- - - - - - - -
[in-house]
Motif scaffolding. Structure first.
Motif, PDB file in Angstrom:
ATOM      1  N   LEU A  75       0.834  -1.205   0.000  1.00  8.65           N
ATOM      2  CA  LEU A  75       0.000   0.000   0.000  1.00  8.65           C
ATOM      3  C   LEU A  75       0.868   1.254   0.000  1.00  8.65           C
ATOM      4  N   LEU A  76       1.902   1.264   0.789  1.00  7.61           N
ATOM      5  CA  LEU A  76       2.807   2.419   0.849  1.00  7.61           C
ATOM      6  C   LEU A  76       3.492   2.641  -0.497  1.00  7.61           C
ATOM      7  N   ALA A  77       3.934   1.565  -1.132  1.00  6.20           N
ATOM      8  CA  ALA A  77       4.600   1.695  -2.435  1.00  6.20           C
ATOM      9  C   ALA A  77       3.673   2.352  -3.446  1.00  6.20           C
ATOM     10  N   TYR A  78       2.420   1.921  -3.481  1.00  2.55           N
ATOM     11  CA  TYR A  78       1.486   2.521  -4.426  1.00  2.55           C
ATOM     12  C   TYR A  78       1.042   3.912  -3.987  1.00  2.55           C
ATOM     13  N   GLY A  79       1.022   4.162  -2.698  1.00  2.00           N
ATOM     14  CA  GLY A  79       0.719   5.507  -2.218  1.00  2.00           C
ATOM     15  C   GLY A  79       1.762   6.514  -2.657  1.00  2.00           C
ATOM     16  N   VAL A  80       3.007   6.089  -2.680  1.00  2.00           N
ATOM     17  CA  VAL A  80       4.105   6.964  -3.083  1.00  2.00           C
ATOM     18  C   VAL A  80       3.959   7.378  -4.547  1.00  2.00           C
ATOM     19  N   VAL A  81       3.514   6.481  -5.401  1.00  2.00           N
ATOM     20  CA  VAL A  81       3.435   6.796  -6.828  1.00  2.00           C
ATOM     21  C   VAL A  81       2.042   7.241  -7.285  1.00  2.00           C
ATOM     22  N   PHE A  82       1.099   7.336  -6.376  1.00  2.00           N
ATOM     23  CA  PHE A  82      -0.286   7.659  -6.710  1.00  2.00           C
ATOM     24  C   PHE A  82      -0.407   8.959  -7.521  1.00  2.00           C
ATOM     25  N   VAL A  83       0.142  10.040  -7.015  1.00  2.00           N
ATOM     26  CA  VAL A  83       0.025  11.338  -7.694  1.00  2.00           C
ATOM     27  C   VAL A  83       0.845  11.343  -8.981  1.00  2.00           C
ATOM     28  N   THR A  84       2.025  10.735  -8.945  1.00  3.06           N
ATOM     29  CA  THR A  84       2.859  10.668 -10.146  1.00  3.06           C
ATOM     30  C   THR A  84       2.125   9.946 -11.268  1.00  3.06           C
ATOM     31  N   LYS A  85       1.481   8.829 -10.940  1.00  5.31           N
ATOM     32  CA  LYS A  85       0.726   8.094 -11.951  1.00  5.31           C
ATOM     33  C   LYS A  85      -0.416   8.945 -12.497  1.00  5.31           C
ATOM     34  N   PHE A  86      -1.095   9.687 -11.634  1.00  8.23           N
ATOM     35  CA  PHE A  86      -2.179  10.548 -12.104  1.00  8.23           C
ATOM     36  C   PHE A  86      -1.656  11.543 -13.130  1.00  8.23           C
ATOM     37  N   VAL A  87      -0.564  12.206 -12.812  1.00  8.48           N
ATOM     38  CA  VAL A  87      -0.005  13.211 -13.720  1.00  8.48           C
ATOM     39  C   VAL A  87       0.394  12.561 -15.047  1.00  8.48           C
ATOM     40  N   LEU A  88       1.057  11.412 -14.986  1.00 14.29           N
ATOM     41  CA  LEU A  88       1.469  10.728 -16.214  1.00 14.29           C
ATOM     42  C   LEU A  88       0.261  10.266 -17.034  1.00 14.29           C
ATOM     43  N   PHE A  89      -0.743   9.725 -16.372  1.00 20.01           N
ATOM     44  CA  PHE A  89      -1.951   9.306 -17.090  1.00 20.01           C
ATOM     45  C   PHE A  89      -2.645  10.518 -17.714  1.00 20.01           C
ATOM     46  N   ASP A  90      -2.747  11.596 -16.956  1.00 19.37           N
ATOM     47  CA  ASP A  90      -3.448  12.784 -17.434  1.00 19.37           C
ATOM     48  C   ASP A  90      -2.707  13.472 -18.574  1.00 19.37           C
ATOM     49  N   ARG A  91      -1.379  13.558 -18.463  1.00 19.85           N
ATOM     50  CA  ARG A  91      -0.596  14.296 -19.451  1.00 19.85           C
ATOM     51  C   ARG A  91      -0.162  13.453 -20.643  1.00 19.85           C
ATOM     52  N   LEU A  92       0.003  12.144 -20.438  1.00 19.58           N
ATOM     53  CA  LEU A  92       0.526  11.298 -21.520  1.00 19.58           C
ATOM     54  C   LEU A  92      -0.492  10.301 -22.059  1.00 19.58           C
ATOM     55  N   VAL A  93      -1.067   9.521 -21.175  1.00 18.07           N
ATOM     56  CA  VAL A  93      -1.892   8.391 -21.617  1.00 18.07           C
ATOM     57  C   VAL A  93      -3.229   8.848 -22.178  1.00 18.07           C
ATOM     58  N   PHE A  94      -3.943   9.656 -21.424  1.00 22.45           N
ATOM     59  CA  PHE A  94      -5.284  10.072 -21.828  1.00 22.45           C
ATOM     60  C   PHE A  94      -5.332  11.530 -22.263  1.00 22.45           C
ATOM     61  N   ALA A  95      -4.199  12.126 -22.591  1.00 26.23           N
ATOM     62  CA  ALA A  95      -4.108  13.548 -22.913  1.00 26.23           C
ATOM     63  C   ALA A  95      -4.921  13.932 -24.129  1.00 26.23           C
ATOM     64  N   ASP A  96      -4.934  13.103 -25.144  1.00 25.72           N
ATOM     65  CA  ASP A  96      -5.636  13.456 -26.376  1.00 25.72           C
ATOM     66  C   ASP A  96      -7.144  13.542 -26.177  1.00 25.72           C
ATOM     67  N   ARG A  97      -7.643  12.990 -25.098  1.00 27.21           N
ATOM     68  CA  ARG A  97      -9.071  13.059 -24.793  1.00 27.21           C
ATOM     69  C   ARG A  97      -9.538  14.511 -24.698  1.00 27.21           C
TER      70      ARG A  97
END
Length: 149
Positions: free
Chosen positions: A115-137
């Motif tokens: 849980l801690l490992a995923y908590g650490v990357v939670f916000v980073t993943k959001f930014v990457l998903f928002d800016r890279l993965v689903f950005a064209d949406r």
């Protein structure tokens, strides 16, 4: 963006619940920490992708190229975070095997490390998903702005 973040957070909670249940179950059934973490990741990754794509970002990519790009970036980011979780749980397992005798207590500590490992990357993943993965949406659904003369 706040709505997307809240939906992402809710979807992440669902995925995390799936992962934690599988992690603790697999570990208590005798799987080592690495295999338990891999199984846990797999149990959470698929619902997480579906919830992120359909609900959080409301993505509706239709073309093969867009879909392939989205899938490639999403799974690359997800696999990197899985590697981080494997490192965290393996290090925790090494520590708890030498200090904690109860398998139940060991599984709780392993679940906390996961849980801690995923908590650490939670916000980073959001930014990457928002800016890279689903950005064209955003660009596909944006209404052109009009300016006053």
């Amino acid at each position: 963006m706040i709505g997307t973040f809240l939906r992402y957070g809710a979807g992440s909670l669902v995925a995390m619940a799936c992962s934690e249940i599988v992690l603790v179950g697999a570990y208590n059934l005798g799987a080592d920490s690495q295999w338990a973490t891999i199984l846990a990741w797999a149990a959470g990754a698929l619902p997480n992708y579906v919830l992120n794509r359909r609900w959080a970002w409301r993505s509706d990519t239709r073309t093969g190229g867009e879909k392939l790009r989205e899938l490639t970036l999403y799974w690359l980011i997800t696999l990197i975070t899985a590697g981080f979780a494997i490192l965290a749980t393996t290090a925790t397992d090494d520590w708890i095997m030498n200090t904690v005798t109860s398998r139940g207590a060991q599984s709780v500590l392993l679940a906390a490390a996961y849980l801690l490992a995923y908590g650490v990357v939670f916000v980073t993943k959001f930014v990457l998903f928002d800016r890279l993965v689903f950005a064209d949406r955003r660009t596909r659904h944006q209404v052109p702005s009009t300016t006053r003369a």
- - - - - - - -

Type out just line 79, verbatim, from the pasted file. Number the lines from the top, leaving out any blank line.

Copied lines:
């Protein structure tokens, strides 16, 4: 963006619940920490992708190229975070095997490390998903702005 973040957070909670249940179950059934973490990741990754794509970002990519790009970036980011979780749980397992005798207590500590490992990357993943993965949406659904003369 706040709505997307809240939906992402809710979807992440669902995925995390799936992962934690599988992690603790697999570990208590005798799987080592690495295999338990891999199984846990797999149990959470698929619902997480579906919830992120359909609900959080409301993505509706239709073309093969867009879909392939989205899938490639999403799974690359997800696999990197899985590697981080494997490192965290393996290090925790090494520590708890030498200090904690109860398998139940060991599984709780392993679940906390996961849980801690995923908590650490939670916000980073959001930014990457928002800016890279689903950005064209955003660009596909944006209404052109009009300016006053």